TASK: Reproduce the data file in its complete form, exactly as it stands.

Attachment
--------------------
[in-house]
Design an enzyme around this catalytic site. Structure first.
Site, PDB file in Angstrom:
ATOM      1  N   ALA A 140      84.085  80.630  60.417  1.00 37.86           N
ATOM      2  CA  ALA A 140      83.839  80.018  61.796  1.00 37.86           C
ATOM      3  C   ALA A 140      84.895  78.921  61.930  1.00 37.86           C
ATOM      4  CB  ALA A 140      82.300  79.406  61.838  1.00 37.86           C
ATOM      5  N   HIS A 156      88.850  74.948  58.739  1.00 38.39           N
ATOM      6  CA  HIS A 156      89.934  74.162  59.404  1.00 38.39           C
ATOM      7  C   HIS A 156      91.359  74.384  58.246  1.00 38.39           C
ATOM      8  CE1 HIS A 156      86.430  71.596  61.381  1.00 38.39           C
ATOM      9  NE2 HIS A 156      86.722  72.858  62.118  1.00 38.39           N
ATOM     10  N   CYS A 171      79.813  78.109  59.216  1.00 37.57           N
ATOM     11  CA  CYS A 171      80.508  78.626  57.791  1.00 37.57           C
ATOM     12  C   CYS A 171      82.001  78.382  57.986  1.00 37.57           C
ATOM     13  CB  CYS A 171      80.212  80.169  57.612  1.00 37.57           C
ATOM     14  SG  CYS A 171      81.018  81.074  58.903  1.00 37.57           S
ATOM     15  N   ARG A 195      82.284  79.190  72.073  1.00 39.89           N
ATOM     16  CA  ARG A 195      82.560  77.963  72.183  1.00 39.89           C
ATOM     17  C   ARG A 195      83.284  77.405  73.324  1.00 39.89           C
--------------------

[in-house]
Design an enzyme around this catalytic site. Structure first.
Site, PDB file in Angstrom:
ATOM      1  N   ALA A 140      84.085  80.630  60.417  1.00 37.86           N
ATOM      2  CA  ALA A 140      83.839  80.018  61.796  1.00 37.86           C
ATOM      3  C   ALA A 140      84.895  78.921  61.930  1.00 37.86           C
ATOM      4  CB  ALA A 140      82.300  79.406  61.838  1.00 37.86           C
ATOM      5  N   HIS A 156      88.850  74.948  58.739  1.00 38.39           N
ATOM      6  CA  HIS A 156      89.934  74.162  59.404  1.00 38.39           C
ATOM      7  C   HIS A 156      91.359  74.384  58.246  1.00 38.39           C
ATOM      8  CE1 HIS A 156      86.430  71.596  61.381  1.00 38.39           C
ATOM      9  NE2 HIS A 156      86.722  72.858  62.118  1.00 38.39           N
ATOM     10  N   CYS A 171      79.813  78.109  59.216  1.00 37.57           N
ATOM     11  CA  CYS A 171      80.508  78.626  57.791  1.00 37.57           C
ATOM     12  C   CYS A 171      82.001  78.382  57.986  1.00 37.57           C
ATOM     13  CB  CYS A 171      80.212  80.169  57.612  1.00 37.57           C
ATOM     14  SG  CYS A 171      81.018  81.074  58.903  1.00 37.57           S
ATOM     15  N   ARG A 195      82.284  79.190  72.073  1.00 39.89           N
ATOM     16  CA  ARG A 195      82.560  77.963  72.183  1.00 39.89           C
ATOM     17  C   ARG A 195      83.284  77.405  73.324  1.00 39.89           C